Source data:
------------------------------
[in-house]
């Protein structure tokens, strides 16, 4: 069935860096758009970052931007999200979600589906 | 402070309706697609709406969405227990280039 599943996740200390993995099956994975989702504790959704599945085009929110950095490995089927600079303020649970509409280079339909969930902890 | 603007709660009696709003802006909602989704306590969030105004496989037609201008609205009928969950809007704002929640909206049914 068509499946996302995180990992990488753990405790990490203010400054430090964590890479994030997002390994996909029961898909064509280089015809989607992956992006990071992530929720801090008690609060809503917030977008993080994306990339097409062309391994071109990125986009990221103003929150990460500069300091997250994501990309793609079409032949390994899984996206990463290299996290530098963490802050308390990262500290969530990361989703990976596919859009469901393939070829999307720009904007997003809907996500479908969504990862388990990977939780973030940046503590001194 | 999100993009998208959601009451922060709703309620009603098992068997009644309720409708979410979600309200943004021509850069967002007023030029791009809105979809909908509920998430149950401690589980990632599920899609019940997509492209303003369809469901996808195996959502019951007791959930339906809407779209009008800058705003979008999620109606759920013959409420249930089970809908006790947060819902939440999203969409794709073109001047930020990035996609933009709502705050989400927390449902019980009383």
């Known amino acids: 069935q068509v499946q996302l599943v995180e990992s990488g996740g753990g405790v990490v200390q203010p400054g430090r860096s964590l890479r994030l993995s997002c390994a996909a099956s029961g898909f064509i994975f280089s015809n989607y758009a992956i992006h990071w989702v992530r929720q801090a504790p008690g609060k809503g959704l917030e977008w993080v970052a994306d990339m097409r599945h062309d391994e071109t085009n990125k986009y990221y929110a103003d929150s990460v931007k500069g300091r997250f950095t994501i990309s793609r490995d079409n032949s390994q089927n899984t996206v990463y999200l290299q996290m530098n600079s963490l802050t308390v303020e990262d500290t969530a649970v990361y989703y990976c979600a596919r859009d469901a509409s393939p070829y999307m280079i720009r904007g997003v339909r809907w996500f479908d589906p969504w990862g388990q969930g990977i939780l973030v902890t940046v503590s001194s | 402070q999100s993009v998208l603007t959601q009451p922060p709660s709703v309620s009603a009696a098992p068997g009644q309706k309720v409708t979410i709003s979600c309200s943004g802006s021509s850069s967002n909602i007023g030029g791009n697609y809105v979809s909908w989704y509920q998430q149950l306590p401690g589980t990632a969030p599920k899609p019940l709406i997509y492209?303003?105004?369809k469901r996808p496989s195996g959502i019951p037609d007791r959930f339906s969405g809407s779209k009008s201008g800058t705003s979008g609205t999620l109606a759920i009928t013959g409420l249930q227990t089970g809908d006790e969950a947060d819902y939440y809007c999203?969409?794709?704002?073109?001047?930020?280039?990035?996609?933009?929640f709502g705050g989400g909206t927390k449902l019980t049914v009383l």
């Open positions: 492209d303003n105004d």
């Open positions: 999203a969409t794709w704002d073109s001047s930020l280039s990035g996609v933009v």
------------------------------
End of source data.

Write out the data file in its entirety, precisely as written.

[in-house]
């Protein structure tokens, strides 16, 4: 069935860096758009970052931007999200979600589906 | 402070309706697609709406969405227990280039 599943996740200390993995099956994975989702504790959704599945085009929110950095490995089927600079303020649970509409280079339909969930902890 | 603007709660009696709003802006909602989704306590969030105004496989037609201008609205009928969950809007704002929640909206049914 068509499946996302995180990992990488753990405790990490203010400054430090964590890479994030997002390994996909029961898909064509280089015809989607992956992006990071992530929720801090008690609060809503917030977008993080994306990339097409062309391994071109990125986009990221103003929150990460500069300091997250994501990309793609079409032949390994899984996206990463290299996290530098963490802050308390990262500290969530990361989703990976596919859009469901393939070829999307720009904007997003809907996500479908969504990862388990990977939780973030940046503590001194 | 999100993009998208959601009451922060709703309620009603098992068997009644309720409708979410979600309200943004021509850069967002007023030029791009809105979809909908509920998430149950401690589980990632599920899609019940997509492209303003369809469901996808195996959502019951007791959930339906809407779209009008800058705003979008999620109606759920013959409420249930089970809908006790947060819902939440999203969409794709073109001047930020990035996609933009709502705050989400927390449902019980009383």
């Known amino acids: 069935q068509v499946q996302l599943v995180e990992s990488g996740g753990g405790v990490v200390q203010p400054g430090r860096s964590l890479r994030l993995s997002c390994a996909a099956s029961g898909f064509i994975f280089s015809n989607y758009a992956i992006h990071w989702v992530r929720q801090a504790p008690g609060k809503g959704l917030e977008w993080v970052a994306d990339m097409r599945h062309d391994e071109t085009n990125k986009y990221y929110a103003d929150s990460v931007k500069g300091r997250f950095t994501i990309s793609r490995d079409n032949s390994q089927n899984t996206v990463y999200l290299q996290m530098n600079s963490l802050t308390v303020e990262d500290t969530a649970v990361y989703y990976c979600a596919r859009d469901a509409s393939p070829y999307m280079i720009r904007g997003v339909r809907w996500f479908d589906p969504w990862g388990q969930g990977i939780l973030v902890t940046v503590s001194s | 402070q999100s993009v998208l603007t959601q009451p922060p709660s709703v309620s009603a009696a098992p068997g009644q309706k309720v409708t979410i709003s979600c309200s943004g802006s021509s850069s967002n909602i007023g030029g791009n697609y809105v979809s909908w989704y509920q998430q149950l306590p401690g589980t990632a969030p599920k899609p019940l709406i997509y492209?303003?105004?369809k469901r996808p496989s195996g959502i019951p037609d007791r959930f339906s969405g809407s779209k009008s201008g800058t705003s979008g609205t999620l109606a759920i009928t013959g409420l249930q227990t089970g809908d006790e969950a947060d819902y939440y809007c999203?969409?794709?704002?073109?001047?930020?280039?990035?996609?933009?929640f709502g705050g989400g909206t927390k449902l019980t049914v009383l």
């Open positions: 492209d303003n105004d």
């Open positions: 999203a969409t794709w704002d073109s001047s930020l280039s990035g996609v933009v």